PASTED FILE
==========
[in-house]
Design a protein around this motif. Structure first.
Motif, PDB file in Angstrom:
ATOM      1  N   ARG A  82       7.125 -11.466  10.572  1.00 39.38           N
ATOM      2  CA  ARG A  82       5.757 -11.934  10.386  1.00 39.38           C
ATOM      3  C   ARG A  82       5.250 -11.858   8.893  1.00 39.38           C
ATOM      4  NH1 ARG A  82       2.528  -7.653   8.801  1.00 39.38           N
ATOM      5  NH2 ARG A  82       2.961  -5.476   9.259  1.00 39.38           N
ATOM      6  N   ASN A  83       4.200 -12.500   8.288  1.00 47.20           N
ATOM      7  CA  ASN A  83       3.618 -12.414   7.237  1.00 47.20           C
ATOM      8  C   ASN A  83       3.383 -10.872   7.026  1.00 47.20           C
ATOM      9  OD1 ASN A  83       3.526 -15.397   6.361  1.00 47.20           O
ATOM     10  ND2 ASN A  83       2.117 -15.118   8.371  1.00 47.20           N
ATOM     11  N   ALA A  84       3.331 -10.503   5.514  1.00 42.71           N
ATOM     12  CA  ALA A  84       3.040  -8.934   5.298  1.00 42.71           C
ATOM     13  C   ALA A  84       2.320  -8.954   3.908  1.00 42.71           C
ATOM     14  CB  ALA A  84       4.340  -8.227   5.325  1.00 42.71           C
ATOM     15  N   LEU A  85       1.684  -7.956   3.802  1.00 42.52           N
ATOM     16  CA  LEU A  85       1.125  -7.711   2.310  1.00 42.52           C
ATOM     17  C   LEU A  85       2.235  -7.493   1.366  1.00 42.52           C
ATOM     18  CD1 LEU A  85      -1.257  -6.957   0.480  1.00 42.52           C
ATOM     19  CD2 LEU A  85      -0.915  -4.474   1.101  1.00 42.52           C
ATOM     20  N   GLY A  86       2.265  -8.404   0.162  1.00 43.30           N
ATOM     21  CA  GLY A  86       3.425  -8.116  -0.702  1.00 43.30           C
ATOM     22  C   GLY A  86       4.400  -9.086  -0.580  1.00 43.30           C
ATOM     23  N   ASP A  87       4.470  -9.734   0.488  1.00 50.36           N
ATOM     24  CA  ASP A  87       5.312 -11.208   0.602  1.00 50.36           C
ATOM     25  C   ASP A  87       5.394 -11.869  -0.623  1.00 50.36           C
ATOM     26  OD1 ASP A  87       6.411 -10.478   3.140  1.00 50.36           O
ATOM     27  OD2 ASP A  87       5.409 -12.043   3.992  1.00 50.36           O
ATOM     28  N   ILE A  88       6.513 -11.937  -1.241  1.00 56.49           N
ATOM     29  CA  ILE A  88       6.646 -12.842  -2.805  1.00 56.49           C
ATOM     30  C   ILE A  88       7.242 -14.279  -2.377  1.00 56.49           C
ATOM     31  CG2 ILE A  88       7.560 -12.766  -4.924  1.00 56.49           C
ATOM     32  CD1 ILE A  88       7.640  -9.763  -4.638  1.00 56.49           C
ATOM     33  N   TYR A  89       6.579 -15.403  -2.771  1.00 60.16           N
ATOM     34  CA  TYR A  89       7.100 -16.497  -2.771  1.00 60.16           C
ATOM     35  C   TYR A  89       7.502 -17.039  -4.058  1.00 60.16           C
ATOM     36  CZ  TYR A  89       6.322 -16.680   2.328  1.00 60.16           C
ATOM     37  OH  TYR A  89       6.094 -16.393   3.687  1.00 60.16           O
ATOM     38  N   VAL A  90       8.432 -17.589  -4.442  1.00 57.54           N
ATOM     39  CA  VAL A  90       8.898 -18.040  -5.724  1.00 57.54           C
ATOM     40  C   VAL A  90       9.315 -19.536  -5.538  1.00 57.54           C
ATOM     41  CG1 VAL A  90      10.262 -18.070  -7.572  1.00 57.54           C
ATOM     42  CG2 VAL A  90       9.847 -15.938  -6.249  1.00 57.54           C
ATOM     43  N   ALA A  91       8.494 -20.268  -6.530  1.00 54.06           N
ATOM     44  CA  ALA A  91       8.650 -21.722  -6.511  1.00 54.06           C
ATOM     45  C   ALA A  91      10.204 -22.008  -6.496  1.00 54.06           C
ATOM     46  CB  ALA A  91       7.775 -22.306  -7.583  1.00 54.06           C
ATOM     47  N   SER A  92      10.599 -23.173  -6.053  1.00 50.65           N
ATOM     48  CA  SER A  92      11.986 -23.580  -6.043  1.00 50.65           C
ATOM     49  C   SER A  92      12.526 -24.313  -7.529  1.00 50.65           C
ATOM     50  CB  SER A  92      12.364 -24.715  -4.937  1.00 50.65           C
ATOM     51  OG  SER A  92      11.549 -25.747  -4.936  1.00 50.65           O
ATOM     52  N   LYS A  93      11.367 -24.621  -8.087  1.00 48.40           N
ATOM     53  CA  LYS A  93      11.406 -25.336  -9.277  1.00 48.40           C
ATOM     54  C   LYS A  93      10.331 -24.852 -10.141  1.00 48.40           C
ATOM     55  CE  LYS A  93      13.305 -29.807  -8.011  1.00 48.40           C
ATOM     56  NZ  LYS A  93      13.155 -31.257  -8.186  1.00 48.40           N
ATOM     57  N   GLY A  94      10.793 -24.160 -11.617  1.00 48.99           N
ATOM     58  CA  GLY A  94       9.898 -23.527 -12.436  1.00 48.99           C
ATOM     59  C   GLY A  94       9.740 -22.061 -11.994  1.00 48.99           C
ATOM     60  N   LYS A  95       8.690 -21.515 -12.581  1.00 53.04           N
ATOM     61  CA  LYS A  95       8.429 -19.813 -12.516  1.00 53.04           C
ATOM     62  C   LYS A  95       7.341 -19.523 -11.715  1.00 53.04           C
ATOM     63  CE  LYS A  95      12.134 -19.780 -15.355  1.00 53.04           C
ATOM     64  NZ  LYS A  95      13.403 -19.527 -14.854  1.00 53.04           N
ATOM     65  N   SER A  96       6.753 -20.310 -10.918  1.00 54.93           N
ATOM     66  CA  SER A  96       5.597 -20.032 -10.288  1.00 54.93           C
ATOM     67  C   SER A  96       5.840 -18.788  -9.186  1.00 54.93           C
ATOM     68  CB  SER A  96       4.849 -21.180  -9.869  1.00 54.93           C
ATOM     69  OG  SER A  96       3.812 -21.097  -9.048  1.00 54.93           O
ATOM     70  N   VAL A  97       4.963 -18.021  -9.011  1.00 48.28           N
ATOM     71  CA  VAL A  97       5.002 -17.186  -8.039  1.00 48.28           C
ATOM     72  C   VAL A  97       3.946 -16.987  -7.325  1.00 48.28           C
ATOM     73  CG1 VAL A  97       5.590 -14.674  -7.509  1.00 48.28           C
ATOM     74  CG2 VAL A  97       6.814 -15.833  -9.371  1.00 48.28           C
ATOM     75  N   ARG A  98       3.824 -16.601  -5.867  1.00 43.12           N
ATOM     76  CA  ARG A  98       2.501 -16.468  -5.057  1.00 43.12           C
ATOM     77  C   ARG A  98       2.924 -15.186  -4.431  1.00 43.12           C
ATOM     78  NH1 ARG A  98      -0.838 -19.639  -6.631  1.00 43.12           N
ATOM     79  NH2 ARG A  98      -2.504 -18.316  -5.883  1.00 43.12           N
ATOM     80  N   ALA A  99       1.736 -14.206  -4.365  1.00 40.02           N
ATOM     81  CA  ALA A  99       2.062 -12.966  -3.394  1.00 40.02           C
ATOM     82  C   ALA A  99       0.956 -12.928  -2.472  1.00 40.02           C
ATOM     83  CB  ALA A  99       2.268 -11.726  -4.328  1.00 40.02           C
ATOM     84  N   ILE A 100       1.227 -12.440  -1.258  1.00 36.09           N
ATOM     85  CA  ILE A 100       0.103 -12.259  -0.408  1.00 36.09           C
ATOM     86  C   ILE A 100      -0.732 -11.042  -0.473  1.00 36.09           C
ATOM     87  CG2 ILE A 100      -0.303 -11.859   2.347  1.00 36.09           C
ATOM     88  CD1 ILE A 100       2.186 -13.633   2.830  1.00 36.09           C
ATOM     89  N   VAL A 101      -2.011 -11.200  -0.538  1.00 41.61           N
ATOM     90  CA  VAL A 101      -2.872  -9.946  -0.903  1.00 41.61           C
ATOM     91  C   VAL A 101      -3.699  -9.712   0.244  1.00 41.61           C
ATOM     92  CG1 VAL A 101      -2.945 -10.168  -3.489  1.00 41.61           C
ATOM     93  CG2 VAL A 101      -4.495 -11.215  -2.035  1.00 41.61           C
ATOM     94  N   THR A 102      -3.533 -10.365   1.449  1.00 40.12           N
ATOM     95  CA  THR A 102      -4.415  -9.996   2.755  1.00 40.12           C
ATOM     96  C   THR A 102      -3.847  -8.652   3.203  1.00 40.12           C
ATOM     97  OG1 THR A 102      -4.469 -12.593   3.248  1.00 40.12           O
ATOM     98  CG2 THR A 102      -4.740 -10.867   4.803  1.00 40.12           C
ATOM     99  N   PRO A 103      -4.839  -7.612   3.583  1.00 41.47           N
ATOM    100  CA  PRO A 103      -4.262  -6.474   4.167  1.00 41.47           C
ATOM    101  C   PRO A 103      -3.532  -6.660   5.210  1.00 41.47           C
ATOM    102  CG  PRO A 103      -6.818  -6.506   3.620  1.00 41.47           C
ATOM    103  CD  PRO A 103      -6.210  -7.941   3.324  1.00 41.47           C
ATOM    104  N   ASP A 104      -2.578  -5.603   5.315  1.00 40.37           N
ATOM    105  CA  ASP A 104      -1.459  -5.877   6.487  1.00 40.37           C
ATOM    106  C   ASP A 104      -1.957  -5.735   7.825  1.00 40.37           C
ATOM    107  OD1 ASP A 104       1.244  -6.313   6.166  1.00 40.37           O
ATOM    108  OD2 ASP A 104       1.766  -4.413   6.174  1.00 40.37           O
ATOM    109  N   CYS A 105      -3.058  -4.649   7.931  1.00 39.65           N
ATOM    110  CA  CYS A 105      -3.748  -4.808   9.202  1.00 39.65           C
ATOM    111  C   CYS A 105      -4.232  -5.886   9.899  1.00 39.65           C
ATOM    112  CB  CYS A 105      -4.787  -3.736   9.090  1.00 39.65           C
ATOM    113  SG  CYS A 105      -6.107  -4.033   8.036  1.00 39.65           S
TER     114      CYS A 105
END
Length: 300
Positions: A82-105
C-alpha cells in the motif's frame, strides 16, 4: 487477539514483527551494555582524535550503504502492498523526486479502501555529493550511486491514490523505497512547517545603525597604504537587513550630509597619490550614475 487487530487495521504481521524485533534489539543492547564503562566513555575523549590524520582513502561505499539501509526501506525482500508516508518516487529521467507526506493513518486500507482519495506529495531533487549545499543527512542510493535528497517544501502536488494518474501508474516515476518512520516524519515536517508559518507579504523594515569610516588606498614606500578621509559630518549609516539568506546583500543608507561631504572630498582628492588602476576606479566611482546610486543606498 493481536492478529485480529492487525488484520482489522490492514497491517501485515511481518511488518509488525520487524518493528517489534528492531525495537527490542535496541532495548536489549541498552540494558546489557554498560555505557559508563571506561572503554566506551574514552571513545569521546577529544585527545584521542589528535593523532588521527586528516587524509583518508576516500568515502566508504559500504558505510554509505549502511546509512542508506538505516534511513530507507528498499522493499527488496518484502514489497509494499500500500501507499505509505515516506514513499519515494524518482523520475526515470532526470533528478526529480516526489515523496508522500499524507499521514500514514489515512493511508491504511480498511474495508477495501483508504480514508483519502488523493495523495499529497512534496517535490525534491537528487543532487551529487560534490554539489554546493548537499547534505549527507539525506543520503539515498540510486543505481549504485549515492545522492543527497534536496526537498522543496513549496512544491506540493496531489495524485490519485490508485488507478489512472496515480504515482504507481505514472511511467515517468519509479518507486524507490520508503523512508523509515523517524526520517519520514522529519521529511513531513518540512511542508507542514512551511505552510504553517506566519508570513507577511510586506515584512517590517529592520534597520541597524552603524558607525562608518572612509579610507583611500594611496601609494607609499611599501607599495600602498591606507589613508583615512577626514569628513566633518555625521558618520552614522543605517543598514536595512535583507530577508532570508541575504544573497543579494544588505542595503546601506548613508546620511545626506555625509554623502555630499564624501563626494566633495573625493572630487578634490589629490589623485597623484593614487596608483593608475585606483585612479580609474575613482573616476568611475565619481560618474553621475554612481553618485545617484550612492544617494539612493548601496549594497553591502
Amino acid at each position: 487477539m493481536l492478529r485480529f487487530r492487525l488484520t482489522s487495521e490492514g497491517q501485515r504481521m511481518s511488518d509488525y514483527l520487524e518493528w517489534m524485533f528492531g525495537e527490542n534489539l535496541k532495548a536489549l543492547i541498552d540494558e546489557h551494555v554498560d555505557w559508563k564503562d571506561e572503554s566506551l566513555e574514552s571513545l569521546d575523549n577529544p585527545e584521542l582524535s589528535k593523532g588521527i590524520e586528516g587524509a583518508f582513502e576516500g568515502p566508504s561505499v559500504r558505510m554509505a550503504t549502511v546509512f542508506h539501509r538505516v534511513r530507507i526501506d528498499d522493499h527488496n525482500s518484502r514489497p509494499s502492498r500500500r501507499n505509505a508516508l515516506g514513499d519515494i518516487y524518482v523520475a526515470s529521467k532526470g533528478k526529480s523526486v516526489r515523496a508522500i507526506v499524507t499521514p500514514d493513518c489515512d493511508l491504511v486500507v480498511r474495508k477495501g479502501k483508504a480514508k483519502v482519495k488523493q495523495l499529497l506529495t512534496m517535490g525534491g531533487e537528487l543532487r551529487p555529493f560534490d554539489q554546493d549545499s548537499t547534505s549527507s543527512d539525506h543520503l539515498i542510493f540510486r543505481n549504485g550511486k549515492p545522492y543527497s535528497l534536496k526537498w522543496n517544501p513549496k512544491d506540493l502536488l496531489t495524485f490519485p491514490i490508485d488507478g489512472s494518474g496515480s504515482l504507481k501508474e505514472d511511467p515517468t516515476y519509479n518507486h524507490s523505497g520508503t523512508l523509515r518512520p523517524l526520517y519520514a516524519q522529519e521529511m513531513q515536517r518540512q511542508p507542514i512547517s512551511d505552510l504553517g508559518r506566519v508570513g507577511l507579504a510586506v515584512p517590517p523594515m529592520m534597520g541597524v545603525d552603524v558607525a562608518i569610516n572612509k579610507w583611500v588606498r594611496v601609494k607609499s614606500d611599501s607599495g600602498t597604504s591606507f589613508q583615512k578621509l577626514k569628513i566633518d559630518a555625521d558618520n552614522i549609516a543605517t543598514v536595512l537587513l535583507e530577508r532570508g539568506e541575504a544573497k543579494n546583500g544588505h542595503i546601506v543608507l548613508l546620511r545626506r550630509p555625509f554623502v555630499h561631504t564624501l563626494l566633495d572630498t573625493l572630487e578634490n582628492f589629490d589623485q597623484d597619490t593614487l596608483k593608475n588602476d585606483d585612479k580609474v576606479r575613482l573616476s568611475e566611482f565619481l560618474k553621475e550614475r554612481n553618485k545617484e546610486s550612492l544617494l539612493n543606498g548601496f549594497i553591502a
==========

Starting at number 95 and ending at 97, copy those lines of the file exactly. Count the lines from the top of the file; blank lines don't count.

ATOM     92  CG1 VAL A 101      -2.945 -10.168  -3.489  1.00 41.61           C
ATOM     93  CG2 VAL A 101      -4.495 -11.215  -2.035  1.00 41.61           C
ATOM     94  N   THR A 102      -3.533 -10.365   1.449  1.00 40.12           N